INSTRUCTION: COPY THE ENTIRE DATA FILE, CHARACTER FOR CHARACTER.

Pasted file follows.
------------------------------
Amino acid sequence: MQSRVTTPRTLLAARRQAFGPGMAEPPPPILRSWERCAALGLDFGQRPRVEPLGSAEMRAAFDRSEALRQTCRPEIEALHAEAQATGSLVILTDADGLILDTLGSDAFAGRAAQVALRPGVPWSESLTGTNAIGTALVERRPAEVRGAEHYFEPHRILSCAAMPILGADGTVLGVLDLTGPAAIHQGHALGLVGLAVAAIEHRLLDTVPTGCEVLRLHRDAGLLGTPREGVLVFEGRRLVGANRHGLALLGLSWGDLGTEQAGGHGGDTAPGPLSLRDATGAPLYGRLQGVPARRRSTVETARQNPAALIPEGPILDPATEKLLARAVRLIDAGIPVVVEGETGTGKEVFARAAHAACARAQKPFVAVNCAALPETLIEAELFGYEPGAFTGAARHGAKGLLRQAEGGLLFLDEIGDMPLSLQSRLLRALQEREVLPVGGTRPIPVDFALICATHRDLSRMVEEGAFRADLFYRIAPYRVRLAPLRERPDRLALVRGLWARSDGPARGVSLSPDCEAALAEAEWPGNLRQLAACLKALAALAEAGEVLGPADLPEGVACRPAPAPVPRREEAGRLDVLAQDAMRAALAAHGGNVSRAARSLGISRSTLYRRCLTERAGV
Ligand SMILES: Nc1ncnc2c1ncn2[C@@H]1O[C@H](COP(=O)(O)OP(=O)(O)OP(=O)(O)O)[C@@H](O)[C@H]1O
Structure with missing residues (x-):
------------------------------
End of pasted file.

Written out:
Amino acid sequence: MQSRVTTPRTLLAARRQAFGPGMAEPPPPILRSWERCAALGLDFGQRPRVEPLGSAEMRAAFDRSEALRQTCRPEIEALHAEAQATGSLVILTDADGLILDTLGSDAFAGRAAQVALRPGVPWSESLTGTNAIGTALVERRPAEVRGAEHYFEPHRILSCAAMPILGADGTVLGVLDLTGPAAIHQGHALGLVGLAVAAIEHRLLDTVPTGCEVLRLHRDAGLLGTPREGVLVFEGRRLVGANRHGLALLGLSWGDLGTEQAGGHGGDTAPGPLSLRDATGAPLYGRLQGVPARRRSTVETARQNPAALIPEGPILDPATEKLLARAVRLIDAGIPVVVEGETGTGKEVFARAAHAACARAQKPFVAVNCAALPETLIEAELFGYEPGAFTGAARHGAKGLLRQAEGGLLFLDEIGDMPLSLQSRLLRALQEREVLPVGGTRPIPVDFALICATHRDLSRMVEEGAFRADLFYRIAPYRVRLAPLRERPDRLALVRGLWARSDGPARGVSLSPDCEAALAEAEWPGNLRQLAACLKALAALAEAGEVLGPADLPEGVACRPAPAPVPRREEAGRLDVLAQDAMRAALAAHGGNVSRAARSLGISRSTLYRRCLTERAGV
Ligand SMILES: Nc1ncnc2c1ncn2[C@@H]1O[C@H](COP(=O)(O)OP(=O)(O)OP(=O)(O)O)[C@@H](O)[C@H]1O
Structure with missing residues (x-):